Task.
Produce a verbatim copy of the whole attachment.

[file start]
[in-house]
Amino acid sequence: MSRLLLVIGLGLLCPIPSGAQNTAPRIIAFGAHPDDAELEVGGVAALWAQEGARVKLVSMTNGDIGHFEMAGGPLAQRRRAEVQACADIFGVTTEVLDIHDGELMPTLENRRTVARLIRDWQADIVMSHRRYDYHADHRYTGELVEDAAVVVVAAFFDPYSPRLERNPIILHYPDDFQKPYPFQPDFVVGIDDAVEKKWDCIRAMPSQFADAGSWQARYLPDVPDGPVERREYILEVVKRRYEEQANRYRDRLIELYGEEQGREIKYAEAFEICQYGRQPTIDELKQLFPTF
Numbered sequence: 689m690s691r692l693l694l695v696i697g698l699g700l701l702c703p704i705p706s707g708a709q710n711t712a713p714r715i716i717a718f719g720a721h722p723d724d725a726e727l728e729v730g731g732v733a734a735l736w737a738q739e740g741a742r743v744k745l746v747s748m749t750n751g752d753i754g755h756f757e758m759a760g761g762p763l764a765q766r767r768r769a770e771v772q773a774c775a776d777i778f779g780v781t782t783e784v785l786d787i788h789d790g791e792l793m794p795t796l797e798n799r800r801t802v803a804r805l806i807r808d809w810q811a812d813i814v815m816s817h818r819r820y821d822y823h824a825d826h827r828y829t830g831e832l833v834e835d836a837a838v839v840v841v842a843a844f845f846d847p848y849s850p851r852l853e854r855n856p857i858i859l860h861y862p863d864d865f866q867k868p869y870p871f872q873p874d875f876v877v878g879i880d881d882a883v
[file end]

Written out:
[in-house]
Amino acid sequence: MSRLLLVIGLGLLCPIPSGAQNTAPRIIAFGAHPDDAELEVGGVAALWAQEGARVKLVSMTNGDIGHFEMAGGPLAQRRRAEVQACADIFGVTTEVLDIHDGELMPTLENRRTVARLIRDWQADIVMSHRRYDYHADHRYTGELVEDAAVVVVAAFFDPYSPRLERNPIILHYPDDFQKPYPFQPDFVVGIDDAVEKKWDCIRAMPSQFADAGSWQARYLPDVPDGPVERREYILEVVKRRYEEQANRYRDRLIELYGEEQGREIKYAEAFEICQYGRQPTIDELKQLFPTF
Numbered sequence: 689m690s691r692l693l694l695v696i697g698l699g700l701l702c703p704i705p706s707g708a709q710n711t712a713p714r715i716i717a718f719g720a721h722p723d724d725a726e727l728e729v730g731g732v733a734a735l736w737a738q739e740g741a742r743v744k745l746v747s748m749t750n751g752d753i754g755h756f757e758m759a760g761g762p763l764a765q766r767r768r769a770e771v772q773a774c775a776d777i778f779g780v781t782t783e784v785l786d787i788h789d790g791e792l793m794p795t796l797e798n799r800r801t802v803a804r805l806i807r808d809w810q811a812d813i814v815m816s817h818r819r820y821d822y823h824a825d826h827r828y829t830g831e832l833v834e835d836a837a838v839v840v841v842a843a844f845f846d847p848y849s850p851r852l853e854r855n856p857i858i859l860h861y862p863d864d865f866q867k868p869y870p871f872q873p874d875f876v877v878g879i880d881d882a883v